Francisco Vaca can be called a second generation turtle trader. He worked with Richard Dennis at C & D Commodities, and for the last 15 years has been closely associated with Paul Rabar. He is now the Co Chief Investment Officer at Rabar Market Research.
Before he became a trader, Vaca was a particle physicist and worked at the famous Fermi lab. This is not an insignificant fact, as his background in mathematics and statistics became very useful in his career as a trader.
In this second interview with Michael Covel, Francisco Vaca talks about evaluating the short-term and long-term performance data of fund managers, the benefit of using trend following systems across the entire time spectrum, trend anticipating techniques, and using modern technology in trading.
In this episode of Trend Following Radio:
The importance of distinguishing between long term and short term track records
“Alpha” and “beta” trading strategies
How the holding period length affects the risk-reward profile and return streaks
The benefits of diversification across different holding times
Using high frequency trading technology in long term trend following
How correlations are often misinterpreted
Knowing the limitations of your tools
“The best performing system historically is not necessarily the best system going forward” – Francisco Vaca
There is a common problem in finance when it comes to evaluating investment managers’ performance: the factor or skill vs. luck. When a manager performs well over a number of years, it is not clear whether the success can be attributed to the manager’s skill and strategy, or random luck. And vice versa, when a manager performs badly, it can be difficult to pin-point whether it was due to lack of skill, or simply bad luck.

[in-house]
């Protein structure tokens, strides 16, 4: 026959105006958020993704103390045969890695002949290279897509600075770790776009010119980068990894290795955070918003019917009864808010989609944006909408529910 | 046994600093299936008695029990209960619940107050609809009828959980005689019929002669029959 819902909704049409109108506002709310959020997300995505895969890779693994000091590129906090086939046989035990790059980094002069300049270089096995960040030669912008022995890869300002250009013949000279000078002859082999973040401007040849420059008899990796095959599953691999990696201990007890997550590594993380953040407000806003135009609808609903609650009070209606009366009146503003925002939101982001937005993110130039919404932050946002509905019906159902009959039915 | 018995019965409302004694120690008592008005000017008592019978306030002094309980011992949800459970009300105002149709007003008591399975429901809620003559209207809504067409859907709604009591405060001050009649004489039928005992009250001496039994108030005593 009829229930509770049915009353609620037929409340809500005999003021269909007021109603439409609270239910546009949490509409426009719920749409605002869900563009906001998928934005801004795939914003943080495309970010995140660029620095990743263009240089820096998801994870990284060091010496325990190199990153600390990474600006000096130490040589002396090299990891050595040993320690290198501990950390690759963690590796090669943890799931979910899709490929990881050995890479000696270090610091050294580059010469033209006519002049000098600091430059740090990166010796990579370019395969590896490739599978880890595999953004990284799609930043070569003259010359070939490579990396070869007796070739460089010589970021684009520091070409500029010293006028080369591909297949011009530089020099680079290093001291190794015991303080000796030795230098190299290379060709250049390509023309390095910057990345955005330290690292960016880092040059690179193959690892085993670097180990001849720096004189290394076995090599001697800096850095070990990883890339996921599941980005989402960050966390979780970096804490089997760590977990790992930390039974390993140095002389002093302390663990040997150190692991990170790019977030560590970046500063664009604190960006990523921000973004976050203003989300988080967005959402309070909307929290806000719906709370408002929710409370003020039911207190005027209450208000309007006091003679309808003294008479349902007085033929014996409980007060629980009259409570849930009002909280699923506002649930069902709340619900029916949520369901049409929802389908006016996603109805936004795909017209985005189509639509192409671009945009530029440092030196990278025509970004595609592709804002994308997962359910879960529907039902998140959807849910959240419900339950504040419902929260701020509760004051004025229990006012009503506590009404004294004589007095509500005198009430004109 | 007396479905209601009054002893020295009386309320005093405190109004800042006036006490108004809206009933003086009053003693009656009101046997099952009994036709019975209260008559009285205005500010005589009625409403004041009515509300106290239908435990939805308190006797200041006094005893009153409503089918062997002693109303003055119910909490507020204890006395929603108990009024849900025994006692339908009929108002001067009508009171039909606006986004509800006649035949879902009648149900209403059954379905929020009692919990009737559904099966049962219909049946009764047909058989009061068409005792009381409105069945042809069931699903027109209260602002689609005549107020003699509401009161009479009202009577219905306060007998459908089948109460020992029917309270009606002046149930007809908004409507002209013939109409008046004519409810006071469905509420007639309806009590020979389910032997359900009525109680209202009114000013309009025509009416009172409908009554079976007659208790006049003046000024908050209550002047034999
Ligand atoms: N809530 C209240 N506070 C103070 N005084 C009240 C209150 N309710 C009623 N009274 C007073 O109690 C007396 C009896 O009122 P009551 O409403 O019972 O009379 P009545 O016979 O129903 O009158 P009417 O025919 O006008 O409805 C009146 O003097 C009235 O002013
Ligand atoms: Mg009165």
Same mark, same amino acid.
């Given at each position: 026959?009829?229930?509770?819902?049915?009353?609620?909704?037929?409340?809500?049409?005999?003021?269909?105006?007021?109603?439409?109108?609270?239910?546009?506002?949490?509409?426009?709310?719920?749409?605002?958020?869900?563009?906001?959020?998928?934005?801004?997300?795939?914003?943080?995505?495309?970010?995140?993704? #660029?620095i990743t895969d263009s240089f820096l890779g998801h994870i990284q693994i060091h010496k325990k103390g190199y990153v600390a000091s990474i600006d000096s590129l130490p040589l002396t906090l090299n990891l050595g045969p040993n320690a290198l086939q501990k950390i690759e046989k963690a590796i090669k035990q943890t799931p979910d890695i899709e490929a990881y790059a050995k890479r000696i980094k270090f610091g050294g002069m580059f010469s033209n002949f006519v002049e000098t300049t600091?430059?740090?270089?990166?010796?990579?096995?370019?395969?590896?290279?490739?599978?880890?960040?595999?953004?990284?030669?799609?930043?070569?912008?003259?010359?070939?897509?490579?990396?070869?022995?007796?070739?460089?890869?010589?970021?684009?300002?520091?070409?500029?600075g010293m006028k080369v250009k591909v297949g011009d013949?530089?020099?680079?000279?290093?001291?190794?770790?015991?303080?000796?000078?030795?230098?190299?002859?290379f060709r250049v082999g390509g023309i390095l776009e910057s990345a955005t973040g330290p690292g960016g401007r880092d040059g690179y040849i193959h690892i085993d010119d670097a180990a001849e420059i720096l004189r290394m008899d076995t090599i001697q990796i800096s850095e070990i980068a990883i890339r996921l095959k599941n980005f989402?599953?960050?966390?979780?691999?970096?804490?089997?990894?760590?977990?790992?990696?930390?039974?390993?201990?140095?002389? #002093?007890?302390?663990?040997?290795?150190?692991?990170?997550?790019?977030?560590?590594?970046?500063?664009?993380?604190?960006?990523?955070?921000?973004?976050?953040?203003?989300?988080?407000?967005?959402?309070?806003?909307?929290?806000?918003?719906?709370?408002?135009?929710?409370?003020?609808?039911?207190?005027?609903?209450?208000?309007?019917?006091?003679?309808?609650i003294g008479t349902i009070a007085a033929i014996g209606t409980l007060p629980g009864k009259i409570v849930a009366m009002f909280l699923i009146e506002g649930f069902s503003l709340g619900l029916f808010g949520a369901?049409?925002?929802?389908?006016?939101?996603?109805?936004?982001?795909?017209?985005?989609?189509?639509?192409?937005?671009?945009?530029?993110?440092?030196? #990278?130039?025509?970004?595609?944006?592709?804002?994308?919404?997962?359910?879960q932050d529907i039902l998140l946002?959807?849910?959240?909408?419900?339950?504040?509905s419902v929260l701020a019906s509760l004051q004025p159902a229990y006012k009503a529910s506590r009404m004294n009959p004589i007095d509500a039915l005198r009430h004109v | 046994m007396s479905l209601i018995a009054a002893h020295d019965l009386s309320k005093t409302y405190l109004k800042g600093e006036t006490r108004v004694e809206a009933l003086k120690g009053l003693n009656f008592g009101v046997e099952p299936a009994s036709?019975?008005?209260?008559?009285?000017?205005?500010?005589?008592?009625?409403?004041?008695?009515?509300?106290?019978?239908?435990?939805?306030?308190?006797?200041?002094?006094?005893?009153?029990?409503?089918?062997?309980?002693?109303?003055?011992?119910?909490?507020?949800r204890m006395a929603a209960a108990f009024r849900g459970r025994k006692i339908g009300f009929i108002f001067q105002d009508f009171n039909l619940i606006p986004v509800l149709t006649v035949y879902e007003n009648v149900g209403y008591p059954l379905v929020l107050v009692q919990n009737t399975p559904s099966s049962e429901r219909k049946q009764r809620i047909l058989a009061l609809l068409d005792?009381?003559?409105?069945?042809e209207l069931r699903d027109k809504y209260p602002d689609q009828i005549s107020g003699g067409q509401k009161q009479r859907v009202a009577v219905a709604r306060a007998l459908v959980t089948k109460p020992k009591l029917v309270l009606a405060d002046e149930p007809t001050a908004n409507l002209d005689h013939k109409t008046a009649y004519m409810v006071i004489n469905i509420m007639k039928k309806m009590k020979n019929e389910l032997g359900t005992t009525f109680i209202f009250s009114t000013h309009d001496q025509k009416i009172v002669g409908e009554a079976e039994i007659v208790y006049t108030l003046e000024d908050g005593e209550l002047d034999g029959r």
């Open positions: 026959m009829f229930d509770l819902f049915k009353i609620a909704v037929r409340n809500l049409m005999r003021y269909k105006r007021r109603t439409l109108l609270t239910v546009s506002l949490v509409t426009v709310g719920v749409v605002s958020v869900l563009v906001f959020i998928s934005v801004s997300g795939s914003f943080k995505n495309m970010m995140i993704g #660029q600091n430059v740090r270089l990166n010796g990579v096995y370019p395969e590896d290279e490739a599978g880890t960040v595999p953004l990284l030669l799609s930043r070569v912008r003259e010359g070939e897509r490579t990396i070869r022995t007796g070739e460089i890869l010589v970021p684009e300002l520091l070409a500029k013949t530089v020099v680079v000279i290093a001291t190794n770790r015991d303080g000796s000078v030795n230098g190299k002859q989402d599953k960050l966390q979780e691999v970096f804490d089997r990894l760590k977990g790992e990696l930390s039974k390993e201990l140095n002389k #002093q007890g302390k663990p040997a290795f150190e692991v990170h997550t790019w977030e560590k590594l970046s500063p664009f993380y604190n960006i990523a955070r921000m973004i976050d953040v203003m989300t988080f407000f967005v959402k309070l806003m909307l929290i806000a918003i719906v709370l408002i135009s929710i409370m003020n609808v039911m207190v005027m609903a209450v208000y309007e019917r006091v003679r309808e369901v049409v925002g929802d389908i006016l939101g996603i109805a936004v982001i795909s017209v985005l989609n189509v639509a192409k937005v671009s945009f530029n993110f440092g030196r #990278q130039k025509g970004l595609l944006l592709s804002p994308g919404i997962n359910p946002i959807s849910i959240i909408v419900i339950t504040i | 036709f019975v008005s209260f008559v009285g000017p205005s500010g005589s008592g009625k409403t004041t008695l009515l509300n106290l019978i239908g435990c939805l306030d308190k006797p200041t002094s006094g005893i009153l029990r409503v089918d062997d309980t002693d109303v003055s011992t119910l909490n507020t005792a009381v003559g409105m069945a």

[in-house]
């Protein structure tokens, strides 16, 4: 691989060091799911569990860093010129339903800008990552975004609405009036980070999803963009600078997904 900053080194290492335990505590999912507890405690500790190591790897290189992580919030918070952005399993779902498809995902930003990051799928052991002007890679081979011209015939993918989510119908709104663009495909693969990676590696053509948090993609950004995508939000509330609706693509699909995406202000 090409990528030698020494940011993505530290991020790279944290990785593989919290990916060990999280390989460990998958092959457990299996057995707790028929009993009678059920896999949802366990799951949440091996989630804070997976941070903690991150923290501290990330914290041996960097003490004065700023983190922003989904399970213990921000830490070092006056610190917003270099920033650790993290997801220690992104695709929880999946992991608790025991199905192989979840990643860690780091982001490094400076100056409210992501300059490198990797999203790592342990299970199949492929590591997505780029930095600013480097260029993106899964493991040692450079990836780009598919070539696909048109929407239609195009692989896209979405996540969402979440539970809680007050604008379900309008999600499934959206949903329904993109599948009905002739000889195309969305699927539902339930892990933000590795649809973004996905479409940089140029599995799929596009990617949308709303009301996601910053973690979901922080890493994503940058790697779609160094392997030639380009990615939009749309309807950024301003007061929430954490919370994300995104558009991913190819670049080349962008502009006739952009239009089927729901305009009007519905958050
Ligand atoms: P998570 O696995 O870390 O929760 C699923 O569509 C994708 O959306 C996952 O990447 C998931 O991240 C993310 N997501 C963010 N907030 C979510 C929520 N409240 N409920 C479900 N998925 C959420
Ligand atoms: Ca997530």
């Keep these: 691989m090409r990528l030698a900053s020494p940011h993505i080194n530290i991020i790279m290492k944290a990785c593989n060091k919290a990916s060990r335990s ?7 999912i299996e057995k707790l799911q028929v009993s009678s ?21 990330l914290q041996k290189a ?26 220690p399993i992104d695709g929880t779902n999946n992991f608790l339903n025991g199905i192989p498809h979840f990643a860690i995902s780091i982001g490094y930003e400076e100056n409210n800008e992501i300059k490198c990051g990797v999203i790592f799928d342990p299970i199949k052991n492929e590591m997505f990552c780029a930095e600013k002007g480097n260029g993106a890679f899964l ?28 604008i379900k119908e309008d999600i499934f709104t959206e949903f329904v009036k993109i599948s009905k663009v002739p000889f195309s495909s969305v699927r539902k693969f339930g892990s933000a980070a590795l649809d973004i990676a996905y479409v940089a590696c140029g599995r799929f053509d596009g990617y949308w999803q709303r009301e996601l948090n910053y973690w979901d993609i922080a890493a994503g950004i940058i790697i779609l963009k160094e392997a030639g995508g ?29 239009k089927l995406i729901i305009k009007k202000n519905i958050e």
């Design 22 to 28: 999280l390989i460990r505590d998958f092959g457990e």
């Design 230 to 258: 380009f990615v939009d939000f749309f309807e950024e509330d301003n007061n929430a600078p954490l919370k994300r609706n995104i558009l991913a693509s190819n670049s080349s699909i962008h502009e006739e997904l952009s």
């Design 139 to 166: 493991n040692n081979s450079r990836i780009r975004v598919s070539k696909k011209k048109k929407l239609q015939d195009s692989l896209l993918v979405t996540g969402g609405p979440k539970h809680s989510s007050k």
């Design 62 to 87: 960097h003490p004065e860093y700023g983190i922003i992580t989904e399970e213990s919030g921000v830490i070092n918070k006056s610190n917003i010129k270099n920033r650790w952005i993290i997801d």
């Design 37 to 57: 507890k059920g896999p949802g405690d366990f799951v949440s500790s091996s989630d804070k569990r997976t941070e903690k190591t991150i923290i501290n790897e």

Another factor that is commonly misunderstood in finance is risk. Understanding the differences between risk, volatility, and skew is essential to developing a well-performing trading strategy.
Campbell Harvey studies these phenomena. He is a finance professor at Duke university, and research associate with the National Bureau of Economic Research in Massachusetts. His research papers on these subjects have been published in many scientific journals.
In this episode, Campbell Harvey and Michael Covel discuss risk tolerance, evaluating trading strategies, Harry Markowitz’ classic paper on portfolio selection, and the importance of differentiating between volatility and skew.
In this episode of Trend Following Radio:
Survivorship bias, and not being fooled by randomness
Why people with higher risk tolerance experience much higher upsides
Understanding process vs. outcome
The difference between volatility and skew
The importance of recognizing that asset returns are rarely “normally distributed”
When it is appropriate to apply a general framework, and when it is not
The Sharpe ratio – is it always relevant?
Harry Markowitz, Jim Simons, and Nassim Taleb
“These people that are taking a lot of risk, with enough luck, will rise to the top. The person that is risk-averse is stuck in the middle” – Campbell Harvey
You have a trading strategy that works? Prove it. Give me the empirical data. Or you can go this direction:
When people see something they love is under threat, their first reaction is to build an “impenetrable” wall, a Maginot Line–and just to be extra safe they decide to enclose a bit more territory, a buffer zone, inside its fortifications. It seems like a good, prudent idea. It seems to protect us from the awful slippery slope, the insidious thin edge of the wedge, and as everyone knows, if you give them an inch, they’ll take a mile. Dig the moat! Build the wall! And as far out as you can afford. But this policy typically burdens the defenders with a brittle, extravagant (implausible, indefensible) set of dogmas that cannot be defended rationally–and hence must be defended, in the end, with desperate clawing and shouting.
Start with the data. Then clawing and shouting go away.
Source: Dennett, Daniel C. (2013-05-06). Intuition Pumps And Other Tools for Thinking (p. 204). W. W. Norton & Company. Kindle Edition.
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